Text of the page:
Namibia's Re-Wilding Efforts Give Hope to Orphaned Cheetahs
Published by The Atlantic on October 7, 2011. To read the original article, click here. A goat has gone missing, the fifth in a month's time. A farmer locates its half-eaten carcass several days later and blames the wild cheetah he's seen darting across his property during early sun-drenched mornings. He can't afford to lose another of his livestock, so he gathers his workers and the live-trap from the barn, careful to arrange it in front of a low-leaning acacia tree, one bearing a series of jagged claw marks. He places a slab of goat meat in the trap.
Little time passes before the cheetah senses the lure of meat, gingerly approaching its scent beneath her favorite play tree, a place where she hides during the heat of blistering afternoons. The trap's crated doors slam behind her, creating unbearable confinement. She meows and chirps to her three young cubs, stashed beneath heavy brush, guarded from the constant threat of large antelope and cattle and other rogue predators.
Their mother's distress ceases with the sound of a lone gunshot, echoing across the savannah like a foreboding battle cry.
Days pass before the farmer discovers the cubs, huddled together in a helpless cluster. He pulls at the heavy fur of their mantle, loading them into his truck before returning home to his wife and children who immediately propose raising the cubs as household pets. This ironic scenario plays out with frequency in Namibia, but the farmer vetoes his family's naive wishes, having envisioned countless problematic consequences, the most dangerous of which results in death. Picking up the phone, he calls the Africat Foundation and the Cheetah Conservation Fund (CCF), two local organizations devoted to big cat conservation.
His call has been answered when the sun sets over the Waterberg Plateau, casting luminous rays of pink and orange across a savannah filled with life. Wildebeest and kudu lie down amid thorny brush, a sleeping leopardess begins to stir, preparing for another evening stalk, all to the melodious call of the laughing dove.
The scene at CCF headquarters is markedly less serene: Dr. Laurie Marker and her cheetah keepers race against time, tossing crates, woolen blankets and an assortment of indiscernible materials into a muddied truck bed.
Nearly a decade has passed when four cheetahs are transported by truck bed once more, this time from safe harbor at CCF to the Erindi Private Game Reserve, where they will finally experience life in the wild.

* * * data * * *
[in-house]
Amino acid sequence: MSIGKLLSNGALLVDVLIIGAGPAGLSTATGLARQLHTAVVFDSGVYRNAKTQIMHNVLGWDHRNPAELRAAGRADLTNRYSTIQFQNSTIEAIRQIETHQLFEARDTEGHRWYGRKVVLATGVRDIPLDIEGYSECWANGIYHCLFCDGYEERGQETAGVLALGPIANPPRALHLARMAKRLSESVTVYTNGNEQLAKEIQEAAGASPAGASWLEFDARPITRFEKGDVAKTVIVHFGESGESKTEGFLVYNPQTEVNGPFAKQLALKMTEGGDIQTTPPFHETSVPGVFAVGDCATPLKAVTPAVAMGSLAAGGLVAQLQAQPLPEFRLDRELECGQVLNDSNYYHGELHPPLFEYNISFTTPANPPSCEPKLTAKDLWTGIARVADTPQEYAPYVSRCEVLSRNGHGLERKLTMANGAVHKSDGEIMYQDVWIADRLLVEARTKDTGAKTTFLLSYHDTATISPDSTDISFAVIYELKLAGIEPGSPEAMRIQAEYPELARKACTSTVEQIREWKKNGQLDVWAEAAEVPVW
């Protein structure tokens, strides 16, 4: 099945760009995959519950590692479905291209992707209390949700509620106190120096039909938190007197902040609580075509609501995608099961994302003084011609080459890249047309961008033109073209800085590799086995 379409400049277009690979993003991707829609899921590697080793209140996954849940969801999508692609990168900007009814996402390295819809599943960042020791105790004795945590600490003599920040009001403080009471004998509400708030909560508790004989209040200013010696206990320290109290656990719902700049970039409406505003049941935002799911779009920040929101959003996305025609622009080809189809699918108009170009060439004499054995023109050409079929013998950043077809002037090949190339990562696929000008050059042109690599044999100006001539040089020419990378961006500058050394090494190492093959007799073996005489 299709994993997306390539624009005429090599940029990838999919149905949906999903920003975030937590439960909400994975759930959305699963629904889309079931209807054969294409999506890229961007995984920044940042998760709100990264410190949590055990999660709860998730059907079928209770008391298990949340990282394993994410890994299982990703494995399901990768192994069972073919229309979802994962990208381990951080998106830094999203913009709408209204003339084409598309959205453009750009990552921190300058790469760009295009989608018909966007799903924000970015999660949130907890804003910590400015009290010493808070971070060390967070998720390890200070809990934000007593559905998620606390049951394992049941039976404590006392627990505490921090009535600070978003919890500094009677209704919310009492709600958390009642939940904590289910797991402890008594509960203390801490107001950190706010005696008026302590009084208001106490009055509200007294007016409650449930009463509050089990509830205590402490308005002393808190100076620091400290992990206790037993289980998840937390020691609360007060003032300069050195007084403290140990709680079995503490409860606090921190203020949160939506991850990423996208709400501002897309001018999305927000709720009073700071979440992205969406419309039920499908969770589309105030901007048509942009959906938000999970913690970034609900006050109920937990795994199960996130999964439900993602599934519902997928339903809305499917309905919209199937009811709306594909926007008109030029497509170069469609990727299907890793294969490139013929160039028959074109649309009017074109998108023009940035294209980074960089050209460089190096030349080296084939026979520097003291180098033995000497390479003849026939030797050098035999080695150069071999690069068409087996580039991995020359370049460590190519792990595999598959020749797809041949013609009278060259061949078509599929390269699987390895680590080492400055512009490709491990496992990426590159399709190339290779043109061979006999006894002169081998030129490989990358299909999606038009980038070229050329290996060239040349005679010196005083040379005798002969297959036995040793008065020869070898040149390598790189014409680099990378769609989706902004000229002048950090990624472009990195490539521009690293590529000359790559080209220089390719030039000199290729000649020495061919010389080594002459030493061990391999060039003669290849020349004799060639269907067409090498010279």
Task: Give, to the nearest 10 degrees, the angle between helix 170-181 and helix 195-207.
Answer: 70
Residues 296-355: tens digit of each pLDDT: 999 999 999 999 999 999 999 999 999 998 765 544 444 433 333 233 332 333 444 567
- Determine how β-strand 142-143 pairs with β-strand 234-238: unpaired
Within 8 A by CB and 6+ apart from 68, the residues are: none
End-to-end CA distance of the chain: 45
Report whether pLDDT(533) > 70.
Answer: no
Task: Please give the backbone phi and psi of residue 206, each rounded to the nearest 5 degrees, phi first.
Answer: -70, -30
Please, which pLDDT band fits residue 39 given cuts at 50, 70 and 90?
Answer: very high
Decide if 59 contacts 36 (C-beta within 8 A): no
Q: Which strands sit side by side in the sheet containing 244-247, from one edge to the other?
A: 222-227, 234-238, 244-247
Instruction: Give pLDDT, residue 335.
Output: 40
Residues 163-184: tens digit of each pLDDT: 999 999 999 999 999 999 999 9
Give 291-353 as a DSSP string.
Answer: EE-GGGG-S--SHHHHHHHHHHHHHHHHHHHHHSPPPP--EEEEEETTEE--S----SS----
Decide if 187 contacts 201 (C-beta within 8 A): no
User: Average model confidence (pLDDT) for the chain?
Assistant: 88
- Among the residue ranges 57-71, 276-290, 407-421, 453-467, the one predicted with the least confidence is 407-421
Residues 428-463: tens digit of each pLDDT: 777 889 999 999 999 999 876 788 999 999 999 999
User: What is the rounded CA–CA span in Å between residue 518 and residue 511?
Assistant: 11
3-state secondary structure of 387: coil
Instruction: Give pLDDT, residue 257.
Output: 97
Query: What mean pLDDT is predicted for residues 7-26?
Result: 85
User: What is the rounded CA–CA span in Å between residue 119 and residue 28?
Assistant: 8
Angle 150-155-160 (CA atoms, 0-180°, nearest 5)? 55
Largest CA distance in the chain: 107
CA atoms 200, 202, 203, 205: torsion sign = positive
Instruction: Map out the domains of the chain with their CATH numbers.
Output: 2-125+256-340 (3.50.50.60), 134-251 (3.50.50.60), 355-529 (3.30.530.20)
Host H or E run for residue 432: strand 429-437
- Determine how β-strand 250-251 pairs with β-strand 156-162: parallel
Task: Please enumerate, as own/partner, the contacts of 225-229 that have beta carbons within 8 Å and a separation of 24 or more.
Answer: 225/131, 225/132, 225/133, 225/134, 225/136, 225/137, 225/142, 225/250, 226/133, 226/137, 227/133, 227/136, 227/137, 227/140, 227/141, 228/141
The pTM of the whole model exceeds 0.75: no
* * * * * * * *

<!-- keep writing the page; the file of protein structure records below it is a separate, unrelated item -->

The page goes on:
Nestle, Toblerone, Hershey (the "Chocolates"), and Chanel are the lucky few that qualify for reintroduction, having proven their ability to succeed semi-independently. Their potential for success in Erindi is bolstered by the fact that they operate as an efficient, albeit unlikely, team.
Unlike lions, cheetahs are ordinarily solitary: males and females solely convene to mate; females separate from their cubs after approximately 18 months; and adult cheetahs of the same sex seldom live together, although adult males occasionally form coalitions -- unions that enhance their ability to hunt and defend against other would-be predators. Captive cheetahs inevitably abide by different rules, but CCF keepers never intended to create a female coalition when they placed the Chocolates into the 64-hectare Bellebeno camp where twenty female cheetahs, including Chanel, resided. The largest and most aggressive of the group, Chanel historically kept her distance from other cheetahs, but something shifted when the Chocolates appeared.
After watching an alliance develop, CCF staff moved the four onto a larger tract of land -- a 4,000-hectare training ground where wild predators have been observed. Chanel and the Chocolates were tracked daily with VHF collars but otherwise left undisturbed. Chanel, the only non-relative in the group, served as its alpha by instigating hunts. She became its guiding star, a much-needed maternal figure to her fellow orphans.
In the wild, cheetah cubs learn invaluable lessons from their mother, who painstakingly teaches them about survival: when, how, and what to hunt. When to confront a challenge. When to retreat.
Cheetah may be the world's fastest land animal, but magnificent speed and agility only result in successful kills 50 percent of the time. Before trying again, the exhausted cheetah must spend a substantial amount of time resting. Once made, kills are regularly forfeited to other predators and scavengers: Cheetahs learn from an early age that survival depends upon keeping their delicate bodies intact.
Although Chanel and the Chocolates thrived during each of CCF's phases, they have yet to live within a competitive environment where other predators, already attuned to Erindi's landscape, compete for territory and prey. Will their wild instincts, now summoned, prepare them for the challenges ahead? What happens when the truck bed lays flat and the crate doors are opened? Will the cheetahs sense that they have reached the end of a tortured journey? Will new smells and sights bring excitement or crippling anxiety?
CCF's game ranger will remain behind to monitor their behavior for a period of time, reporting back to Dr. Marker and her team at CCF. He will record behavior, hunting, and kill patterns, along with the status of their coalition. Will the four stay together? Will Chanel continue to instruct the Chocolates or will the group's leadership shift?
More time will pass, and he will leave them alone in Erindi, where they have been reborn.